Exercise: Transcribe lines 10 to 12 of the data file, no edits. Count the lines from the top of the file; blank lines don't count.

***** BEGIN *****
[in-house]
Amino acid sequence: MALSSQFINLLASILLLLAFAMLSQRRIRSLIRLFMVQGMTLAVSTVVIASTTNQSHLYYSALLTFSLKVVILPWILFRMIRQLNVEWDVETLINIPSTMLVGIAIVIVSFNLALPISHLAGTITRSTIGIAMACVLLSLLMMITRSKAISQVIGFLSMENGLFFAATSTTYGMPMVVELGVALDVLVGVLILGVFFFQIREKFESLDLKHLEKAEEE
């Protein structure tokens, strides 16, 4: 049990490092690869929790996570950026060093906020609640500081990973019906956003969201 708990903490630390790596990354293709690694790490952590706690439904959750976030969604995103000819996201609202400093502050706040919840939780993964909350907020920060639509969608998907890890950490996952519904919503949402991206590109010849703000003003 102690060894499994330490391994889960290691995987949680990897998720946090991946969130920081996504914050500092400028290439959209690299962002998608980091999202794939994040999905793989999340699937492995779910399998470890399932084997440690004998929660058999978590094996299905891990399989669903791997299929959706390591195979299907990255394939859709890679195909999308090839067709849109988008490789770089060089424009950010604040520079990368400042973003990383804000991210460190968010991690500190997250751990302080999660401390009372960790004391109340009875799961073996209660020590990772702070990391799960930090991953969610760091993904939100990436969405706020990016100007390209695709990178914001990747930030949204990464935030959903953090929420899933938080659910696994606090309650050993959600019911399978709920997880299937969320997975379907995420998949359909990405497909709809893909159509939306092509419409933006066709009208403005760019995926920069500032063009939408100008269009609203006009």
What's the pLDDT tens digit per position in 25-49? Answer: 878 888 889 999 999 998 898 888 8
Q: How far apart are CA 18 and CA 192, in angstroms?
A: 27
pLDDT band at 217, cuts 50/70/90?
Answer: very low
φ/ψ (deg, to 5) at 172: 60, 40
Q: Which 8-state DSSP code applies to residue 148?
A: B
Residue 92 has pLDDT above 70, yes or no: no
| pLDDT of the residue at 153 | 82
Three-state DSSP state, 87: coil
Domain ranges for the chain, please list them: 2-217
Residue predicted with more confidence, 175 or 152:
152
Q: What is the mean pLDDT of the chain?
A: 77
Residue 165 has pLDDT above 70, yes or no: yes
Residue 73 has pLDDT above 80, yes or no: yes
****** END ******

Q: Which 8-state DSSP code applies to residue 148?
A: B
Residue 92 has pLDDT above 70, yes or no: no